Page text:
Now Bain is playing both sides of this.  It’s acting on behalf of its pharma clients to keep their line about the costs of R&D in the press, but it’s also interested in frightening them into serious restructuring to combat their lack of revenue from new blockbusters and to get them to spend consulting dollars on the development of new business models.  But if you thought these numbers had me perplexed, my anonymous pharma veteran who is an occasional contributer to THCB is foaming at the mouth about it:

    What the hell; let’s do a study to show that it actually costs $2 Billion to bring each new drug to market.  Stick in all fixed costs  (maintenance, landscaping, inspections, property taxes, perquisites for senior management, depreciation, anything else we can think of.)  Yes, let’s show that Big Pharma is in a real pickle and they should get a federal bailout.  Highest return on equity of any industry? On sales?  Guys like Ray Gilmartin sitting around with $90 Million in unexercised options and Hank McKinnell getting $40 Million a year?  Nah, none of that matters.  Blame the foreigners (Old Europe, the Canucks, everyone else) for not allowing unconscionable profits the way we do.  Blame the retirees for not adequately planning for themselves, blame baby boomers for being too short sighted.  Hell, if none of that sticks, then just grease the politicians and make sure we get a bunch in there who can do business on a bought-and-paid-for basis.  It’s just like the advocates and opinion leaders we’re always buying off, only this will be easier because there’s no goddamned competitor with enough hash to pay them to go the other way.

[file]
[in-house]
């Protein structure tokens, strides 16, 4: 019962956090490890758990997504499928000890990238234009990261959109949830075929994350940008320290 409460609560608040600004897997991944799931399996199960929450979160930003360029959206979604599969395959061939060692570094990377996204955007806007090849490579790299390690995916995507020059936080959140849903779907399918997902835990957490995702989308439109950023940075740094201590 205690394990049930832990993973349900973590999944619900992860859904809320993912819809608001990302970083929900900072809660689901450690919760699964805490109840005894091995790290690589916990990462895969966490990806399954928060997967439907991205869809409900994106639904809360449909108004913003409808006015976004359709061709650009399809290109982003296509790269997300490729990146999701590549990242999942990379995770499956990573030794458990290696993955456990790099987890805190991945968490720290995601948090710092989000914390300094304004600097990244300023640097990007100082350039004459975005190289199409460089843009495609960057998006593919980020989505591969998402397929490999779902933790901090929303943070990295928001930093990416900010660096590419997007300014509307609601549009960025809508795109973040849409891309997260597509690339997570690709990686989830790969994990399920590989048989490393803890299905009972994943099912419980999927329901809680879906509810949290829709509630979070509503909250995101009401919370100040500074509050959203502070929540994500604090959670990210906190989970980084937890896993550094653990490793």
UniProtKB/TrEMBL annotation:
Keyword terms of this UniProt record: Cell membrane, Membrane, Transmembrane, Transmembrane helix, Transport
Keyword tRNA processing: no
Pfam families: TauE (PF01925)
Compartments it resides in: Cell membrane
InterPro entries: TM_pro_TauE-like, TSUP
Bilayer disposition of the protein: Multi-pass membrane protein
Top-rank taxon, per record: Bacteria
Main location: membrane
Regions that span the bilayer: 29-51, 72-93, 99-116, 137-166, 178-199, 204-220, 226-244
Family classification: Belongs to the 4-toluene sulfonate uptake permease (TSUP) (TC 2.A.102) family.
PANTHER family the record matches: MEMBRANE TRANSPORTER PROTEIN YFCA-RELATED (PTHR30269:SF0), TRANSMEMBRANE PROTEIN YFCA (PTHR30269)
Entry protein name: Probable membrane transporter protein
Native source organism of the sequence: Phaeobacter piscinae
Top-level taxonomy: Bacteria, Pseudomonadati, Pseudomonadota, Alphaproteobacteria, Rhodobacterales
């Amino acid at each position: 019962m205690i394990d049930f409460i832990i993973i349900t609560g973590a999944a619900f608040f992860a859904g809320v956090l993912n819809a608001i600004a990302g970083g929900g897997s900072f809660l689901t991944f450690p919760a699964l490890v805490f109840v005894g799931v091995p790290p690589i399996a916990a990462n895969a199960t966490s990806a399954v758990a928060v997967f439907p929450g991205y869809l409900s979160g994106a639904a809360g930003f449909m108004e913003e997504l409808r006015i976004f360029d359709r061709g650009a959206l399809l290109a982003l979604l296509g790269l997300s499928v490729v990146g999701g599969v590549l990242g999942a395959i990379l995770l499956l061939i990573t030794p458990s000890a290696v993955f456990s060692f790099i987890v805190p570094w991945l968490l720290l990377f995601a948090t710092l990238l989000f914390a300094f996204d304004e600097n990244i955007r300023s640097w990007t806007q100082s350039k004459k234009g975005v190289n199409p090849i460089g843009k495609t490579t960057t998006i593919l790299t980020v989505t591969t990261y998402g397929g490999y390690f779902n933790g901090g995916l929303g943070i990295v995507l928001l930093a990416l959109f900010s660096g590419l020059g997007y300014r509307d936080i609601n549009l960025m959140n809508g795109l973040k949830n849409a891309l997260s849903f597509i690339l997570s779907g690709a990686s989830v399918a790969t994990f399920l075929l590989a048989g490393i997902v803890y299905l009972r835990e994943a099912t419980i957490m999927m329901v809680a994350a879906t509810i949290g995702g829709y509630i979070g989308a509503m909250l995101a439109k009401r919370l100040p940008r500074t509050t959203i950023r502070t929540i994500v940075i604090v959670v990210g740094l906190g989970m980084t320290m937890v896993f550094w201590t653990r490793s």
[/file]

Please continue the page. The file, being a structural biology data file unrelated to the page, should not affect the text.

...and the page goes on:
And then he calms down, somewhat

    Oops, sorry, that was my Texas alter ego that got out of the cage.  I just stuffed him back in there, together with some crony capitalists, militarists, jingoists and religious fundamentalists.

    But his hyperbole does have a point.  I recently completed a study for a Big Pharma client who gave me the actual dollar costs to develop two, recently launched products.  Take the smaller of the two spurious figures (i.e., $800 Million), divide it by 20 and you’ll be in touch with reality.  Looking at the range of drug development costs, these products were on the low side because they’re in a category where Phase III trials enroll between several hundred and 3,000 patients.  If you go to something such as hypertension where trials often enroll upwards of 15,000 patients, costs will be higher but still within the $200 million range and not the billion dollar level.  Only by throwing in the kitchen sink and dividing all R&D costs by the number of new products do the whores at Tufts get to $800 billion.  The other whores at Bain throw in the toilet and shower as well by including costs for marketing, sales, bribery and what not.